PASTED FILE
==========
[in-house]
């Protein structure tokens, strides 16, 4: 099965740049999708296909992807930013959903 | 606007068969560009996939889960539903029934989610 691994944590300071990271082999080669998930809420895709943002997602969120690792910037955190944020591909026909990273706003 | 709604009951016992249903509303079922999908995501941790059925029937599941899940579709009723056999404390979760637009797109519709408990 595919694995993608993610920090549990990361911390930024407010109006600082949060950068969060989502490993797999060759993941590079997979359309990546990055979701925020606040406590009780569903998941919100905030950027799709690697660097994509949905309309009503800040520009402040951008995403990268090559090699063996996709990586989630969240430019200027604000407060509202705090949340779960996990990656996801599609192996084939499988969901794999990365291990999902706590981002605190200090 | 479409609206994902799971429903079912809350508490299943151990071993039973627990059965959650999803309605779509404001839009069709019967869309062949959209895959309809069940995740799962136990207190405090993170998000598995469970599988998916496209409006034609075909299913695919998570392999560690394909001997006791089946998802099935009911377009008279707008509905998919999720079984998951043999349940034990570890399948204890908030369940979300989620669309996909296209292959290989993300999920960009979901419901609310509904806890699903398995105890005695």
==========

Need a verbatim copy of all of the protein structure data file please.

[in-house]
């Protein structure tokens, strides 16, 4: 099965740049999708296909992807930013959903 | 606007068969560009996939889960539903029934989610 691994944590300071990271082999080669998930809420895709943002997602969120690792910037955190944020591909026909990273706003 | 709604009951016992249903509303079922999908995501941790059925029937599941899940579709009723056999404390979760637009797109519709408990 595919694995993608993610920090549990990361911390930024407010109006600082949060950068969060989502490993797999060759993941590079997979359309990546990055979701925020606040406590009780569903998941919100905030950027799709690697660097994509949905309309009503800040520009402040951008995403990268090559090699063996996709990586989630969240430019200027604000407060509202705090949340779960996990990656996801599609192996084939499988969901794999990365291990999902706590981002605190200090 | 479409609206994902799971429903079912809350508490299943151990071993039973627990059965959650999803309605779509404001839009069709019967869309062949959209895959309809069940995740799962136990207190405090993170998000598995469970599988998916496209409006034609075909299913695919998570392999560690394909001997006791089946998802099935009911377009008279707008509905998919999720079984998951043999349940034990570890399948204890908030369940979300989620669309996909296209292959290989993300999920960009979901419901609310509904806890699903398995105890005695």